Figure 2: Thinking about how data might be leveraged.

As a starting point, we could begin with understand the customer pain points. Where are their problems, issues and challenges? Mapping the customer journey can be useful in identifying these. Talking to customers can also be revealing. However, sometimes customers themselves struggle to see their problems or to express them in different ways and there are techniques to help in uncovering these “hidden” needs.  Once identified, the challenge is to figure out how we might address these with the additional data. A methodology like design thinking — a human-centered, prototype-driven process for innovation — can be very powerful in building a more empathetic picture of the customer, taking abstract ideas and creating something with more tangible them.

It can also be helpful to frame the customer problem as an information problem. Take something seemingly as mundane as parking, for example. In a city like Los Angeles, it is estimated that 30% of the traffic is actually drivers looking for a space to park their car. Expressed in data terms, drivers lack information about where empty spaces are, while empty spaces don’t know which drivers are searching for a place to park.  Sensors in parking spaces can detect whether they are vacant and today there are mobile apps that make this information available to drivers. Uber works on the same principle, framing the problem not about making a taxi company more efficient in how it operates its call center and dispatch but as a data problem concerned with customer not knowing which drivers are looking for fares and where they are.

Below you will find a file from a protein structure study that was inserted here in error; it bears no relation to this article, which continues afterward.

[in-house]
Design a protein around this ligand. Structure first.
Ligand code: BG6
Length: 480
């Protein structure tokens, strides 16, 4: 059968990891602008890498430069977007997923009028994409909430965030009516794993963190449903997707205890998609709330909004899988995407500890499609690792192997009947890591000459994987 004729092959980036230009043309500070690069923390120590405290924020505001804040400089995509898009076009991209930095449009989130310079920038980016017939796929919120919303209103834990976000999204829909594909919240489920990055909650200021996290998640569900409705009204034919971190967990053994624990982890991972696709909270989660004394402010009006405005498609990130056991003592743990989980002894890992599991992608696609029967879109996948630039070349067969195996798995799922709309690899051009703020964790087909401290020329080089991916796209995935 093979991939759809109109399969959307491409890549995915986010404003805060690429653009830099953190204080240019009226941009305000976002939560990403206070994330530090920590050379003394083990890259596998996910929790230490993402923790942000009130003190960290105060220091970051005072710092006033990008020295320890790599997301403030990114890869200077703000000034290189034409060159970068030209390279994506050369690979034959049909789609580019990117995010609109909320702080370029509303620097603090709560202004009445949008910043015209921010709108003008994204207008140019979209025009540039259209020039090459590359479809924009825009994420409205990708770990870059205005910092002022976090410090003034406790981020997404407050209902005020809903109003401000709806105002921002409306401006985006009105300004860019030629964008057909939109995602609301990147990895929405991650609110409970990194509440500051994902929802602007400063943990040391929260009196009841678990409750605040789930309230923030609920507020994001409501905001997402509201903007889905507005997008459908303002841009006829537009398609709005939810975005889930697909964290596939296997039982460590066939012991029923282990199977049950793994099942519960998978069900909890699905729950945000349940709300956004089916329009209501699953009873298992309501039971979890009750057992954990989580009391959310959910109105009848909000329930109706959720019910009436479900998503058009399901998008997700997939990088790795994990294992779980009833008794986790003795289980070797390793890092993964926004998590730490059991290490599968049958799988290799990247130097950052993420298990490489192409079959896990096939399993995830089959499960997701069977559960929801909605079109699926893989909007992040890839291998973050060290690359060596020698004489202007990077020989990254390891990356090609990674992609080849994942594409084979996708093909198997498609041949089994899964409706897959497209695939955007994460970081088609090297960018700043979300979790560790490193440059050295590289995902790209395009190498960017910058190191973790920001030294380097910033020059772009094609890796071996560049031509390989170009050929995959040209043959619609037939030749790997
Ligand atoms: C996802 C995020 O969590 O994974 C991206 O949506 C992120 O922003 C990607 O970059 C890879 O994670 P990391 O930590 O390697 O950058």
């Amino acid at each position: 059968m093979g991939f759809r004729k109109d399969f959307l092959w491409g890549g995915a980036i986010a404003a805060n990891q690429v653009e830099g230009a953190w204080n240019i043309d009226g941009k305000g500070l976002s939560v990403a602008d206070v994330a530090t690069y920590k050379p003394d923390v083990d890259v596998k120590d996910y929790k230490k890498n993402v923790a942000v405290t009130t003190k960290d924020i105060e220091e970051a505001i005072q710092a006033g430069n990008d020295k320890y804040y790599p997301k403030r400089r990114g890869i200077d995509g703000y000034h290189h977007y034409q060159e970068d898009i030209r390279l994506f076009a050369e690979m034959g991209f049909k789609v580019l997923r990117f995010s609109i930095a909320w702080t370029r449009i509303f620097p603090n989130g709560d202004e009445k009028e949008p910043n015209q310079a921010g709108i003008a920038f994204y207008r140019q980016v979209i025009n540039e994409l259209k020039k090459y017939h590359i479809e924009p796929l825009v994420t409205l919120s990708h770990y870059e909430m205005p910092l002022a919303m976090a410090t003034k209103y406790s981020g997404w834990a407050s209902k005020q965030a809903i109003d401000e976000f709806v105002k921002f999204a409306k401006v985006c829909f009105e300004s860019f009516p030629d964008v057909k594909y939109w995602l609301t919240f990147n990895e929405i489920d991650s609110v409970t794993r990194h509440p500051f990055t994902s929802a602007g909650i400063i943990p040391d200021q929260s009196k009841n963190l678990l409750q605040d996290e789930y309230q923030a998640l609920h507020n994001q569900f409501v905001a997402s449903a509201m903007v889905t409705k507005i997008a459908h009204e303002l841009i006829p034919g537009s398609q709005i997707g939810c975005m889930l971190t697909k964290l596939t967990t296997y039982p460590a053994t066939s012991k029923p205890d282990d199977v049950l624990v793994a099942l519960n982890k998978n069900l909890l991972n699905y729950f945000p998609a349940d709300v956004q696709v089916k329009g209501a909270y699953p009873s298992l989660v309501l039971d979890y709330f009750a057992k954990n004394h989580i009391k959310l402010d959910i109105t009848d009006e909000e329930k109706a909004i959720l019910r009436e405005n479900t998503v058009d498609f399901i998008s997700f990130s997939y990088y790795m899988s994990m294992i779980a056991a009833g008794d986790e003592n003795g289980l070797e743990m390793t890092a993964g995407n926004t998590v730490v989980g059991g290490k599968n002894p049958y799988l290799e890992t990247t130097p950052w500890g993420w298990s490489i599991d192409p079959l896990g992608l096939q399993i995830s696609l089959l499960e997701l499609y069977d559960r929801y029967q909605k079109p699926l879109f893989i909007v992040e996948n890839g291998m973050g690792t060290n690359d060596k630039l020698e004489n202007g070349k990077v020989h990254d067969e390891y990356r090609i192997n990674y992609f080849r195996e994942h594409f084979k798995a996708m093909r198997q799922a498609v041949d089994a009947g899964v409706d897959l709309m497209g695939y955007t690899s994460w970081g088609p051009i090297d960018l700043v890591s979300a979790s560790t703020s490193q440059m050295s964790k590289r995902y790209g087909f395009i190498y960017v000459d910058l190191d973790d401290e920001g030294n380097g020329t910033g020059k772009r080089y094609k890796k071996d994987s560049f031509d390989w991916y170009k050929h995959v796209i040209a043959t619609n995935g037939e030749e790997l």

An alternative starting point is to consider data that could potentially be collected from physical things and what opportunities having this data might open up. This usually demands some creative thinking. It might lead to the articulation of a new value proposition for customers. This proposition would then need to be tested with customers, with feedback either refining the original idea or rejection. This is an iterative process based on experimentation and learning.

There is no blueprint for IoT or roadmap that with take you on the Industry 4.0 journey. It takes time and effort and will invariably demand challenging dominant views of customers, product and industries. Seeing what others have done, perhaps in other domains, can be useful in sparking ideas. While the concept of the IoT might be new, figuring out how to leverage data has been a quest for many decades and one which most companies have struggled with and continue to do.

ESMT Berlin Germany